Because they did not accept the love of the truth for their salvation.
11 Therefore God sends them a force of error,
So that they believe the falsehood,
12 That all might be judged who believed not the truth
But delighted in iniquity.
13 But we are bound always to give God thanks for you, brothers, beloved by the Lord, because God has chosen you from the beginning for salvation through sanctification by the Spirit and belief in the truth:
14 for this he has called you through our gospel, even to possess the majesty
15 of our Lord Jesus Christ. So then, brothers, stand firm, and hold to the
10 traditions that you have been taught by word or by letter from us. May our Lord Jesus Christ himself, and God our Father who has loved us
17 and given us eternal comfort and good hope through his grace, encourage
that the Lord's word mayispeed on and be exalted,
2 and that we may be rescued from those who are perverse and*evil—
for the faith js not possessed by everyone.
3 But the Lord is fjtithful: he shall establish you and preserve yo*r>
4 from the evil one. We rely upon you in the Lord, confident
5 that1 you are doing and will do as we charge. May the Lord direct your hearts into the love of God and into the patience of Christ!
6 Now, brothers, we charge you in the name of our Lord Jesus Christ to avoid every brother whose walk is irregular and not after the
7 tradition received from us. You know yourselves how you ought to
8 imitate us. We did not lead an irregular life among you, nor did we eat bread at any man's hand for nothing, but with labour and toil we
9 worked night and day, so as to be no burden to any of you. It was not that we lacked the right; it was simply to set ourselves as a pattern for
10 you to imitate. We gave you this charge even when we were with you:
11 "If any man will not work, neither let him eat." Whereas we hear of some who are leading an irregular life among you, not busy, but busy
12 bodies. Such people we charge and beseech in the Lord Jesus to work
13 quietly and eat their own bread. As for yourselves, brothers, never lose
14 heart in well-doing. But if anyone obeys not the word we send by this letter, note him, keep no company 3 with him, that he may be shamed.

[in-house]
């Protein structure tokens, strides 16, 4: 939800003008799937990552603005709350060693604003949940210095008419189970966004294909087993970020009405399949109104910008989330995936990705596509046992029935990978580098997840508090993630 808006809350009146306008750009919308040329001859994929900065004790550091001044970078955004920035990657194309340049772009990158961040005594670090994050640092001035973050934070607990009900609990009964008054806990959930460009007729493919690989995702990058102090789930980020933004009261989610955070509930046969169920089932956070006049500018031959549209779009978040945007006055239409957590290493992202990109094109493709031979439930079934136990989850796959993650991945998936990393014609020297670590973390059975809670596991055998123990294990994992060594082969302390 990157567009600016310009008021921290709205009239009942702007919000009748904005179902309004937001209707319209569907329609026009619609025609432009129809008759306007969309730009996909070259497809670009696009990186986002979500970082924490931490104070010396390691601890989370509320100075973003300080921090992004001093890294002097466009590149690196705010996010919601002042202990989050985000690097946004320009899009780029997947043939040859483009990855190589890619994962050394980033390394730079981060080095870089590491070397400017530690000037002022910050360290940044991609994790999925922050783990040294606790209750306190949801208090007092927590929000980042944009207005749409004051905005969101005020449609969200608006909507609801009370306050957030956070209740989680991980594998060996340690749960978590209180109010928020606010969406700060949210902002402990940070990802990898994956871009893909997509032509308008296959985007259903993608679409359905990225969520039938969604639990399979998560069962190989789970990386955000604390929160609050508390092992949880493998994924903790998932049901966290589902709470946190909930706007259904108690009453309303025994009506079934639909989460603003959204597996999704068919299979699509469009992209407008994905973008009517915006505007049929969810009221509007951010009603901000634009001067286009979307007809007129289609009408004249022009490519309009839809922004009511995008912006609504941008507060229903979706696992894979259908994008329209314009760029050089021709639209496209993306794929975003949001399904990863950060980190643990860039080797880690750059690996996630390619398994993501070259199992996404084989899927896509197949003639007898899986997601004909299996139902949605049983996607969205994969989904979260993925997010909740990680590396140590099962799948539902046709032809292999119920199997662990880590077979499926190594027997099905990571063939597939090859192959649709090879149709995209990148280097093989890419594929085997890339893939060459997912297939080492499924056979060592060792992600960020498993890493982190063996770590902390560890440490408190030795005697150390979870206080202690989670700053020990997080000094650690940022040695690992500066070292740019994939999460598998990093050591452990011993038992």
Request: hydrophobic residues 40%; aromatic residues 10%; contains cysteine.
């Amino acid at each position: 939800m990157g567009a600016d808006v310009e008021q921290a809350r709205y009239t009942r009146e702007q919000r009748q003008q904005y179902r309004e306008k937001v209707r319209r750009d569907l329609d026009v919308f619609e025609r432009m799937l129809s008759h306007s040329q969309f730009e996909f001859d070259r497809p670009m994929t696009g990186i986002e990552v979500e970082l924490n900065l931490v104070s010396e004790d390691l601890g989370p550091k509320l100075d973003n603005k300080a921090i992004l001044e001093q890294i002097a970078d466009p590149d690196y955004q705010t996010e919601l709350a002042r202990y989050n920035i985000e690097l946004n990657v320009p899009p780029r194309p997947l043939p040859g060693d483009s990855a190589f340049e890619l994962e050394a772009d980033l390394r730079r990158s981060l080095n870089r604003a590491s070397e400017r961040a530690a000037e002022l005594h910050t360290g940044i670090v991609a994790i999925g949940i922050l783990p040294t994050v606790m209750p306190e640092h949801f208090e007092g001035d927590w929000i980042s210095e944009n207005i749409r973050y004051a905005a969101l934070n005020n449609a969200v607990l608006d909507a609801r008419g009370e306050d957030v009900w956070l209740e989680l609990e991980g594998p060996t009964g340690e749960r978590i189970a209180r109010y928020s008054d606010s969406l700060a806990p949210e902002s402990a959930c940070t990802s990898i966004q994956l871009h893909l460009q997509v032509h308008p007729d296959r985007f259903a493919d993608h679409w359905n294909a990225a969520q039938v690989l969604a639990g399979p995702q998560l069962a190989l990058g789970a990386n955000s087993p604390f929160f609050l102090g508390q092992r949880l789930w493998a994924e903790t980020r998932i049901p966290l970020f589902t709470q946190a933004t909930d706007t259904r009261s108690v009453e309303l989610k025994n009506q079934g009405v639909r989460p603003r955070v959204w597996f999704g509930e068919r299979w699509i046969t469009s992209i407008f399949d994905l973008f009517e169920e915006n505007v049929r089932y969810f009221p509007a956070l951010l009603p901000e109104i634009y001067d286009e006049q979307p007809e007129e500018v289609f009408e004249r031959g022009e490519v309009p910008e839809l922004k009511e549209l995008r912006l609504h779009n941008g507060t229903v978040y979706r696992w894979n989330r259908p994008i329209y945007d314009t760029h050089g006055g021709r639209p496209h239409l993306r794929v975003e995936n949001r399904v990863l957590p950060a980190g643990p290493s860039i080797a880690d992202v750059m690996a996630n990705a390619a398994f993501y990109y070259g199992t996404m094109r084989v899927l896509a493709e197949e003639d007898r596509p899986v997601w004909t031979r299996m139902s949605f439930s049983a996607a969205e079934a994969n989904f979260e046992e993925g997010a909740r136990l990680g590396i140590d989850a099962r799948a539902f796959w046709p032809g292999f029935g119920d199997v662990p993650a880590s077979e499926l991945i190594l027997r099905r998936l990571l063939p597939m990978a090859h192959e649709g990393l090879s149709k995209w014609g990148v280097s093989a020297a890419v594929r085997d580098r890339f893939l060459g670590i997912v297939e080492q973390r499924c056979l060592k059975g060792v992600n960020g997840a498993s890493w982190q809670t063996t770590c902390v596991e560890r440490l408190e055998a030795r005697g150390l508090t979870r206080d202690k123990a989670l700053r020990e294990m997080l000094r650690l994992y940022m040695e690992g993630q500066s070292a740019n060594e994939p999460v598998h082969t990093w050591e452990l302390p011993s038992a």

15 Yet do not consider him as if he were an enemy: admonish him as a
16 brother. And may the Lord of peace himself ever give you peace in every way!
The Lord be with you all.
17 The salutation is by the hand of me, Paul—it is a token in every letter; such is my way of writing.
18 The grace of our Lord Jesus Christ be with you all.
1 Omitting [[•»;]]. 3 Reading rmnaplywttt.
This epistle places us in the midst of the great excitement of the critical struggle which had begun between Judaism and Christianity, in the decision of the momentous question whether there should be a Christianity free from Judaism and essentially different from it, or whether Christianity should only exist as a form of Judaism, that is to say, as nothing else than a modified and extended Judaism. . . . There can scarcely be any doubt with regard to these Judaising opponents, that from the way in which the apostle opposed them, the conflict was now being carried on for the first time. We see that this is the first time this subject has been handled; the apostle perceives that he is absolutely obliged to give an account of how he was summoned to his apostolic office, and he speaks of it in such a manner as he could not have done, if he had ever before come in contact with theso opponents in the same way. He puts himself thoroughly in opposition to them; as thoroughly as can only be done when for the first time the full importance of a principle dawns upon a man, and when the maintenance of this principle against a vexatious opposition constitutes the task of his whole life.—Baur.
ln-2a Personal) the independence of his gospel— from God not man: his early relations with the apostles, and especially Peter.
3-4 Dogmatic: the Law and the Spirit—
the Law provisional: the problem of Abraham and his
S'-G10 Ethical: Christian freedom:
Paul's gospel a gospel of liberty,